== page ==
A more robust PCB board would also help the robustness of this design. We encountered several problems because of short circuits in our design. These were caused by jumped traces or broken ground connections on our solder board.

Overall, this Skittle factory performed its sorting and packaging task to a reasonable standard. Most issues arose from mechanical rather than software issues. The project was interesting and educational for all involved.

     Regulatory Standards

This design came in contact with food items and cleanliness was a consideration. Although our material choices were not rated specifically for contact with food, we did consider food safe materials as outlined by the Food and Drug Administration. Also, the machinery itself posed few hazards as we insulated and isolated as many dangerous components as possible.

     Intellectual property considerations.

Initial research revealed no intellectual property concerns. Similar candy sorters have been made but were not patented. We found a few relevant patents (listed below) but they are all over 20 years old and, therefore, expired. Moreover, most of these patents detail specific methods and not the theory behind them. For example, there is no patent on the use of RGB light sources to detect color or on the use of hot wires to melt heat-sealable bags.

�          Color Sensor (Patent US 4678338 A, 1987)

�         Color sensor system for the recognition of objects with colored surfaces (Patent US 4917500 A, 1990)

�         Heat sealing apparatus using a wire sealing element (Patent US 3912575 A, 1975)

     Ethical considerations:

Adherence to the IEEE Code of Ethics was stressed throughout each phase of the project. We mitigated potential risk as much as possible by covering exposed wires with heatshrink or electrical tape and we positioned our heating element to avoid unintended interaction with the surroundings. A ventilation fan was included to limit human exposure to fumes from the heat sealing process. We also disclose safety hazards to anyone involved in the construction, testing, or demonstration of our project.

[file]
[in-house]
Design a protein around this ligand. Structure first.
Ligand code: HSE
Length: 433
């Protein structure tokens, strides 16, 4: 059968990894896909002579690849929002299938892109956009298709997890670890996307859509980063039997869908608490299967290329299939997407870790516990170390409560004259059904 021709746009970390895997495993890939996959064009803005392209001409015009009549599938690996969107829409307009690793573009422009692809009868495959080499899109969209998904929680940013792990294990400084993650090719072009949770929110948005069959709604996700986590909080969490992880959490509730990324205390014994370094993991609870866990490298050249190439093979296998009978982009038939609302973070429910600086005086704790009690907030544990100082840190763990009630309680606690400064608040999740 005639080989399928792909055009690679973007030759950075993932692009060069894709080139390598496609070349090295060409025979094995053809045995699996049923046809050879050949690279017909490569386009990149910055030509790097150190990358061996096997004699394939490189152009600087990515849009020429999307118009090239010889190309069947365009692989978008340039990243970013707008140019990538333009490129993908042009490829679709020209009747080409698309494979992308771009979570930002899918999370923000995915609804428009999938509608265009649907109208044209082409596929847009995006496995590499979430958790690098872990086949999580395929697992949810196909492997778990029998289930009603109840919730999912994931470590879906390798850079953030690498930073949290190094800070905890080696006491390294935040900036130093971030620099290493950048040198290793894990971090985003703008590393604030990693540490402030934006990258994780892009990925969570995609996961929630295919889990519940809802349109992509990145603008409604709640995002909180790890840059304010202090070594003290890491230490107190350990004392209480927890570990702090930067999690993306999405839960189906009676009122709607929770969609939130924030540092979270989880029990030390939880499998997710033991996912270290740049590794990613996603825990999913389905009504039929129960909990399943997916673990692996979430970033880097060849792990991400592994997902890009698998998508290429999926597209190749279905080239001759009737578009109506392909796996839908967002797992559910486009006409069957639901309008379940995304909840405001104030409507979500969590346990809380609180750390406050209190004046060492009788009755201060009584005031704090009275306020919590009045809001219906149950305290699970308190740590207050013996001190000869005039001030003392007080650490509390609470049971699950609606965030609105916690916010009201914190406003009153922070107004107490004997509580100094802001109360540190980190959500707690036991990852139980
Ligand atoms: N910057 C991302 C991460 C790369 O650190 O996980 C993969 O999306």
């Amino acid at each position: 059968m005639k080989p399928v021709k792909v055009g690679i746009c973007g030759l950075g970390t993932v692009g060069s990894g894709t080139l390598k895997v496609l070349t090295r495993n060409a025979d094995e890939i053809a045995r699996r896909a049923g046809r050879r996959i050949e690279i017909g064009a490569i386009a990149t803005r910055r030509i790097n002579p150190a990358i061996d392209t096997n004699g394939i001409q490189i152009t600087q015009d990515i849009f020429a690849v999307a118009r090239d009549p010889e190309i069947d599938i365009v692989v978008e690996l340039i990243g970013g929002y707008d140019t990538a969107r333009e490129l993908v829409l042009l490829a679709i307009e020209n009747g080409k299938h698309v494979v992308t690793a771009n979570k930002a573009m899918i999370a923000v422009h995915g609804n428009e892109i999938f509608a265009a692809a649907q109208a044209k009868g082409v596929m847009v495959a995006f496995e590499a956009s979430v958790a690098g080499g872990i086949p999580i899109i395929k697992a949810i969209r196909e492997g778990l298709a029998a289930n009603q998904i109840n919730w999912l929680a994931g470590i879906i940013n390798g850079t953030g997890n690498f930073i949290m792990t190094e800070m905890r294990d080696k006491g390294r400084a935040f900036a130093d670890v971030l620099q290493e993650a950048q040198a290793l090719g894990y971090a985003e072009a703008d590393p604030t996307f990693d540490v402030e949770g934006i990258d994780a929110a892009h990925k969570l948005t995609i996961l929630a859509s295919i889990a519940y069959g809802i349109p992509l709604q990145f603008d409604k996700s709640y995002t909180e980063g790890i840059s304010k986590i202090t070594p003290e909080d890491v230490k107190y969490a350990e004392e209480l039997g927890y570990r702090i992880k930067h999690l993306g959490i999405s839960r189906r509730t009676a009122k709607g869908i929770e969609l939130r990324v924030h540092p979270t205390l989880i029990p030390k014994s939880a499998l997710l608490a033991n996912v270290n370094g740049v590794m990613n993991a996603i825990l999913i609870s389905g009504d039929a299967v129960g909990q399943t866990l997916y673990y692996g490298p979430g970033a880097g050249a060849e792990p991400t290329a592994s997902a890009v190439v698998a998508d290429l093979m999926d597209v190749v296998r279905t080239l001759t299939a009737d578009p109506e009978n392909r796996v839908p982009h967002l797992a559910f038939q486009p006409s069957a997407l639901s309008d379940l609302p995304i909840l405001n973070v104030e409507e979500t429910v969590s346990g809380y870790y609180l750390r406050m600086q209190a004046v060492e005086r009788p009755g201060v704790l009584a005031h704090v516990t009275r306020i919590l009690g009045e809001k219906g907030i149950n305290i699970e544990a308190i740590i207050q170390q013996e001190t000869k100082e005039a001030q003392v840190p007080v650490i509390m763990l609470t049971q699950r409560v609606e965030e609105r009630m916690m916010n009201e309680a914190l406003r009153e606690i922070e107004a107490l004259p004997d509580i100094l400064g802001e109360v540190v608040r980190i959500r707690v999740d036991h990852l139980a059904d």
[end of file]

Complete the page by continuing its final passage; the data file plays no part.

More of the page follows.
While our attempt at receiving sponsorship from the Wrigley Corporation was not well received, this partnership would not have posed a conflict of interest. We had chosen to sort Skittles prior to contacting Wrigley and were not under any obligation to sort competing products.

Both internal and external criticisms were sought and utilized to improve our project. We received helpful advice from Dr. Bruce Land, Ahmed Kamel, and Eileen Liu and were careful to credit specific contributions to their owners. In general, our team worked to assist each other in developing new technical skills while maintaining awareness of our limitations. For example, we recognized the danger in testing our heating wire (high current and high temperature) and we were quick to consult Dr. Land to ensure our proposed test methods were both safe and effective.